So, here’s what I think about it.  I was able to see at as a “normal person”.  The film is not very technical, and it not being too accurate historically, I really didn’t have any other option.  It’s similar to how “Inglorious Bastards” are not a historical World War II movie.  So I had no problem with it.

The film is entertaining.  I think the character of Jesse Eisenberg who played the found of Facebook Mark Zuckerberg was interesting.  I was surprised as to how many technical details were allowed in a mainstream movie – Perl programming, web scrapping, security concerns over Apache directory listings, etc.  And yet, how all these technical tidbits were not at all important for the film.  I knew what they were talking about it, but I could in a very similar way had no clue and it wouldn’t have affected my perception of the film.

But even though the film was interesting and entertaining and wasn’t a waste of time by any means, I am still disappointed.  I think that there is a lot of cool stuff going on with and at Facebook.  I think there are plenty of cool people in and around it.  And I think that the real history of Facebook creation or milestone episodes of that history would have made a way better film.  It doesn’t have to be less entertaining, but it does have to be more accurate.  After all, it does have half a billion of registered users. After all, it is one of the most successful business on the Internet. After all, it is a social phenomena.  And I think that makes the history of Facebook and people who are involved with it very interesting.

I won’t however allow my personal wishes for this movie to interferer with what this movie is.  And what it is a good entertainment bit.  My rating overall – a 4 out of 5.

From Paris with Love

From Paris with Love” is a fast-paced action comedy with John Travolta and Jonathan Rhys Meyers.  I found this movie by accident, but I quite enjoyed it.  So much in fact, that I watched it twice in the last month or so.  Sure, it has a few weird romantic moments that needed more polish, but all of those are nicely compensated by action, humor, and an explosive, brutal, yet humane character of John Travolta.  It’s John Travolta at his best.  The one I missed for a long time now, since “Pulp Fiction”, “Be Cool”, and “Michael”.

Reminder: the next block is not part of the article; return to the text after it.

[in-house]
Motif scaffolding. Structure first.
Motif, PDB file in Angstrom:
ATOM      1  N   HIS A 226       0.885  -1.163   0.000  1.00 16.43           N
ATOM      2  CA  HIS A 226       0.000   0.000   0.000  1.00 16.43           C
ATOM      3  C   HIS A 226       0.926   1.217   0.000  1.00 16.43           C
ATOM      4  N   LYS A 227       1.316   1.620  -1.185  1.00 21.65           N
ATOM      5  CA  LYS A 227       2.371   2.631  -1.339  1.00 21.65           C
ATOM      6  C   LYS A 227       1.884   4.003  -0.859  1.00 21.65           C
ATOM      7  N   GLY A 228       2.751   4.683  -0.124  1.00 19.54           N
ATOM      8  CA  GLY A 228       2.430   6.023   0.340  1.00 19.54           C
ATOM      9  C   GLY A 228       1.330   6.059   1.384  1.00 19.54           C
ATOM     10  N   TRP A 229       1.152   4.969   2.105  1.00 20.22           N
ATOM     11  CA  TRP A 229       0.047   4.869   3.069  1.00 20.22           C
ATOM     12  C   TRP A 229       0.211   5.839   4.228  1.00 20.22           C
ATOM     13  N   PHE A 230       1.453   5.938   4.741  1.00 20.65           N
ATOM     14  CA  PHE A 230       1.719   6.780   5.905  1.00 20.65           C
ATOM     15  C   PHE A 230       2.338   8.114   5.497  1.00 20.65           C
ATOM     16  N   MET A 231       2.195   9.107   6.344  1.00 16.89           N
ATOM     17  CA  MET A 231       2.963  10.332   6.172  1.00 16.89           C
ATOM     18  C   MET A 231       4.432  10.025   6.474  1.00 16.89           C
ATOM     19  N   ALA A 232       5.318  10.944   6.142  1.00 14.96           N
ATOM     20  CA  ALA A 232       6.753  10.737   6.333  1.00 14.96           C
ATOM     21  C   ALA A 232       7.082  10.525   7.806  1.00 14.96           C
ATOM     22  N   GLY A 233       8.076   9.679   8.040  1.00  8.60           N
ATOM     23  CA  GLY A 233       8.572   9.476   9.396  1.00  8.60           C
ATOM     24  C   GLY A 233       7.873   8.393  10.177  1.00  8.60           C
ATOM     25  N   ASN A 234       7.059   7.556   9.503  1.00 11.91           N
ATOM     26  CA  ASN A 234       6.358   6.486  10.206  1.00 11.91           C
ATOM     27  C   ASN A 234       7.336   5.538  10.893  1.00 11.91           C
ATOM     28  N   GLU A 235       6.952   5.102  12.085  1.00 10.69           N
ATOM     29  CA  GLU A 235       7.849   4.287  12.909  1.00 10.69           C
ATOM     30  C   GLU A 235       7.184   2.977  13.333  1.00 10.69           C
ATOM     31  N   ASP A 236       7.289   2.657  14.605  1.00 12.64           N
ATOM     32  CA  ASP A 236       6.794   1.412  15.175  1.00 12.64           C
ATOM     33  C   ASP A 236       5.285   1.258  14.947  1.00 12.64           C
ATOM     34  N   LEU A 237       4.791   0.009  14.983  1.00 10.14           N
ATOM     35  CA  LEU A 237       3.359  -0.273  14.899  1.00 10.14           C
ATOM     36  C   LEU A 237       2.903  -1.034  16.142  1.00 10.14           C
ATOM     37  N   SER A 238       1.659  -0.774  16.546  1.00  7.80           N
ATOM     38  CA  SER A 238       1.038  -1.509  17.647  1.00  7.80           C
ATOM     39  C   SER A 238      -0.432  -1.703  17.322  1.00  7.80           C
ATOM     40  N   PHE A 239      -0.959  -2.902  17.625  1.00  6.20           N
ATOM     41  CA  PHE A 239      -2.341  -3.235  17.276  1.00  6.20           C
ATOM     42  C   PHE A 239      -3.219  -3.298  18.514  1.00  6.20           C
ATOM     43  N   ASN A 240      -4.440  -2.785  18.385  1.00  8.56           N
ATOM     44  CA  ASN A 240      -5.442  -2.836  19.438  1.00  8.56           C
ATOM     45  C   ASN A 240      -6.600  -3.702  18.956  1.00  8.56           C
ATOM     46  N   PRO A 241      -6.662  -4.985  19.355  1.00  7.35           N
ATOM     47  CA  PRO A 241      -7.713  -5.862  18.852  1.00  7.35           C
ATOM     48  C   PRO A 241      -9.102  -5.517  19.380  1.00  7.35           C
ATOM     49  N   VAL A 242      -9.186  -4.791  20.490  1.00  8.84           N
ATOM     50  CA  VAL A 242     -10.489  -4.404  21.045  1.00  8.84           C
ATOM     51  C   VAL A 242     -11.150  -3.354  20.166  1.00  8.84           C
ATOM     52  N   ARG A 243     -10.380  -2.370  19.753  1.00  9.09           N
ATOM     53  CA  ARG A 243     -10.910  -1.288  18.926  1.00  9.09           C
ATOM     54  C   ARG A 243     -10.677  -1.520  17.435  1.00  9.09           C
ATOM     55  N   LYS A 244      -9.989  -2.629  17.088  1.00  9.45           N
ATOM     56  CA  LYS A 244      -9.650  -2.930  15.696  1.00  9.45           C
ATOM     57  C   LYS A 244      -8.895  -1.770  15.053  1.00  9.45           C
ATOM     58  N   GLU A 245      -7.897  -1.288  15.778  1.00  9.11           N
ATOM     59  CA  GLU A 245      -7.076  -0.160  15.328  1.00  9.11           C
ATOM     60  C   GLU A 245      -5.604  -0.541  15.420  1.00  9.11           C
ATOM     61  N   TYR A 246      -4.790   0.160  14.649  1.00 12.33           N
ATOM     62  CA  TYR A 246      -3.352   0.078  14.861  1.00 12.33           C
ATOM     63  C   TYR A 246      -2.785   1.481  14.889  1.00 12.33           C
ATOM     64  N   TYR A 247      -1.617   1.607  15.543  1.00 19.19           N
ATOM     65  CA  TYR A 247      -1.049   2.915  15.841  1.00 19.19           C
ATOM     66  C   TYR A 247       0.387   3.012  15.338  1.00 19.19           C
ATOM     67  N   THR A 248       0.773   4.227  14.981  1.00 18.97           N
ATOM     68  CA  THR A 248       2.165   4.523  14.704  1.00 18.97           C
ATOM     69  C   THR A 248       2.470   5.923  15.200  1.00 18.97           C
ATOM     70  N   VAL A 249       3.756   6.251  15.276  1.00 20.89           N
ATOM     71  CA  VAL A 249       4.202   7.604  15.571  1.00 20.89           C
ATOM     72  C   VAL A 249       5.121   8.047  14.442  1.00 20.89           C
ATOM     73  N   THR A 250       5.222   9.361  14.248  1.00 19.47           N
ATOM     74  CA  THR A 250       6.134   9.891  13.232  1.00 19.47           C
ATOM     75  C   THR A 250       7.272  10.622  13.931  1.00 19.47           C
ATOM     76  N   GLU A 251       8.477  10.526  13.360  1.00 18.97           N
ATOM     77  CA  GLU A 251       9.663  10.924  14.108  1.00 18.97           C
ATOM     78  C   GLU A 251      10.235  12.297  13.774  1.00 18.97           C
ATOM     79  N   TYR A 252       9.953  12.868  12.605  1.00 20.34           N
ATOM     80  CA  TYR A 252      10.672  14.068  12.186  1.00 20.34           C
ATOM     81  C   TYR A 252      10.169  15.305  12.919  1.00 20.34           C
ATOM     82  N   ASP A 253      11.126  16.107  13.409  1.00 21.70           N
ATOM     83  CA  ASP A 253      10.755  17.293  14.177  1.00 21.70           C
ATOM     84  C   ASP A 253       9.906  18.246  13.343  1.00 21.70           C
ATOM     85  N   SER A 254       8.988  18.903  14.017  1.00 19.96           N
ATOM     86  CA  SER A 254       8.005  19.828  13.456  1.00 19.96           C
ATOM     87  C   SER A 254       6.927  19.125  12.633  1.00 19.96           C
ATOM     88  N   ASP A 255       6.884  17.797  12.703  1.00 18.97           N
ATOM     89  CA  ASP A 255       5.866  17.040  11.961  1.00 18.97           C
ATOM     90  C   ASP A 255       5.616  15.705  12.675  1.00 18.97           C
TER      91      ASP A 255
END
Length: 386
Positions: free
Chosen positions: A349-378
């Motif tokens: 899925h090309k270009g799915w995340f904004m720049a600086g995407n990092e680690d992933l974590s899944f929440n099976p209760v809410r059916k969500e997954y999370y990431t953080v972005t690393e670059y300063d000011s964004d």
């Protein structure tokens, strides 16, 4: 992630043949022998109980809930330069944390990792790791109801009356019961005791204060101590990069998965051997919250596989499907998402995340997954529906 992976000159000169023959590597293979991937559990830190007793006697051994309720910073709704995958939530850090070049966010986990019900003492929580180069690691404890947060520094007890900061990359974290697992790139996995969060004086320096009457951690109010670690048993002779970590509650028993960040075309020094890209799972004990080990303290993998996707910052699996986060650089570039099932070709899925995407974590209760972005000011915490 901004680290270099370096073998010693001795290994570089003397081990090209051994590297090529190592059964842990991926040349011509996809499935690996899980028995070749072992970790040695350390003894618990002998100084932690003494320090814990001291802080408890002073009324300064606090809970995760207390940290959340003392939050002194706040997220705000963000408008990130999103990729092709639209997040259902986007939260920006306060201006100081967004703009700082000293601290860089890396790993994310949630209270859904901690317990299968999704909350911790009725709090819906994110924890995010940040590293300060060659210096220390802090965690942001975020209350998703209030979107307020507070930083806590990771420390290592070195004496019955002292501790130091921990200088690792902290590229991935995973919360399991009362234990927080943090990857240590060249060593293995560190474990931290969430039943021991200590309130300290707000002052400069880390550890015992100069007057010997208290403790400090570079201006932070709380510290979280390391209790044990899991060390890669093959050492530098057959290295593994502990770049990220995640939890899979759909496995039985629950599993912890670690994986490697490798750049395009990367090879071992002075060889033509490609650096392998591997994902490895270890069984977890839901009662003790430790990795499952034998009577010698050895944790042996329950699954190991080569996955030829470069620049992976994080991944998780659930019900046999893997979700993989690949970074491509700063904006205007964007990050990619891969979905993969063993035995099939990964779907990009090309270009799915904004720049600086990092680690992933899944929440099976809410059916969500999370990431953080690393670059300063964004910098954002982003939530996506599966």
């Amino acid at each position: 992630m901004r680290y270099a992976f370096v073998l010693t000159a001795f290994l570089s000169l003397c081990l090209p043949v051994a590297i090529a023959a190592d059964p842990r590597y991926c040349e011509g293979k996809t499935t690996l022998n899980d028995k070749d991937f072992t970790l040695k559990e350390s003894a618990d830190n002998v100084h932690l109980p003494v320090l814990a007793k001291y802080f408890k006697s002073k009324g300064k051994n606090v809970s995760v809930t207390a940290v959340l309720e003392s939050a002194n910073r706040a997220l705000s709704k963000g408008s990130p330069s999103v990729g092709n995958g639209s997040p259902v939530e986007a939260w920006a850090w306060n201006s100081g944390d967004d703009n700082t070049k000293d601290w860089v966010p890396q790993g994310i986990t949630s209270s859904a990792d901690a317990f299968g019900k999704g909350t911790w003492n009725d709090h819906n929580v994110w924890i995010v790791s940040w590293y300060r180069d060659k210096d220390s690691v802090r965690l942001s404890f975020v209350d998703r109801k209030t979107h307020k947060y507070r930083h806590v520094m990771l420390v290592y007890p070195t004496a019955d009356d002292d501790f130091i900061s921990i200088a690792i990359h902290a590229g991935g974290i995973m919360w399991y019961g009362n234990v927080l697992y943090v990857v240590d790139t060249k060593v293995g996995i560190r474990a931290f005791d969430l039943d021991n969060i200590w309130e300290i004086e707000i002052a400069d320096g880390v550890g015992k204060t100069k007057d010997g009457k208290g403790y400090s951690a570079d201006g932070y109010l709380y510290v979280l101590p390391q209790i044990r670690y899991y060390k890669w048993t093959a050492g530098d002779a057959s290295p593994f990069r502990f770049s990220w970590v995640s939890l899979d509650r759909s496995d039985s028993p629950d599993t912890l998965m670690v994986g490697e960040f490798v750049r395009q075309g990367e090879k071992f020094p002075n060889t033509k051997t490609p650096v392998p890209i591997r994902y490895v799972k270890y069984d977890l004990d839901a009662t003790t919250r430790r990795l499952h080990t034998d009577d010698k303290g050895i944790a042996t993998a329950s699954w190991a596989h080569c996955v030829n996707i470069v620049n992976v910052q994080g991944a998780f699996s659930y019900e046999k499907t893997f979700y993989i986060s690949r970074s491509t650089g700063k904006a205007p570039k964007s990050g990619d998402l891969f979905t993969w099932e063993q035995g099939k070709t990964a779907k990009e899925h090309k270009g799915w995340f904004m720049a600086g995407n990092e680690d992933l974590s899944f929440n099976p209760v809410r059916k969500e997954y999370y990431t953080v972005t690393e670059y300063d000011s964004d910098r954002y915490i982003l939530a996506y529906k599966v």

Remember all those James Bond movies with Sean Connery?  And then how all the charm was taken out of Agent 007 by Daniel Craig?  Well, this movie is a variation on a modern James Bond (an American, of course, but still in Europe), with plenty of charm, and yet with enough brutality of Daniel Craig.  Without Daniel Craig.  (Not that I have anything against Daniel Craig outside of James Bond role).

There is not much else that I can say about it.  Not your regular family entertainment, but a bunch of guys could have a blast with it over a pint of beer.  My rating – 4 out of 5.

The American

I watched “The American” yesterday.  It’s a rather slow developing drama of an aging assassin, who starts to get lonely, questions his life choices, and wants to quit his trade.  And as in so many other stories, that’s not so easy to do.  And as with so many other stories, women are usually involved.

It’s a nice story.  Not a bad movie.  Some solid acting.  And lots and lots of silence, which makes sense.  It is somewhat slow, but I enjoyed it quite a bit.  Yet, it is that kind of movie which is difficult to recommend.  Because people usually expect so many different things from an assassin drama.  And I’m not sure this will satisfy many.  It did satisfy me though.

Two things in particular that I liked were the use of Italian language and scenery.  Multi-lingual films are a challenge.  If there are two many languages or too much of two languages, subtitles are needed, and they usually annoy the audience.  Shooting a movie in English, when clearly other languages are involved often seems naive and childish.  So the choices are hard and making a movie with two or more languages involved is not that easy.  This film succeeded though.  It managed to bring the feeling of Italy, the atmosphere, and the language without using too much of it.  Subtitles are helpful, but not required – most of what is said in Italian are short phrases, the smalltalk.   Yet, combined with the scenery of small Italian towns that brings a very realistic feeling.  The place is unmistakable.

Overall, a 4 out of 5.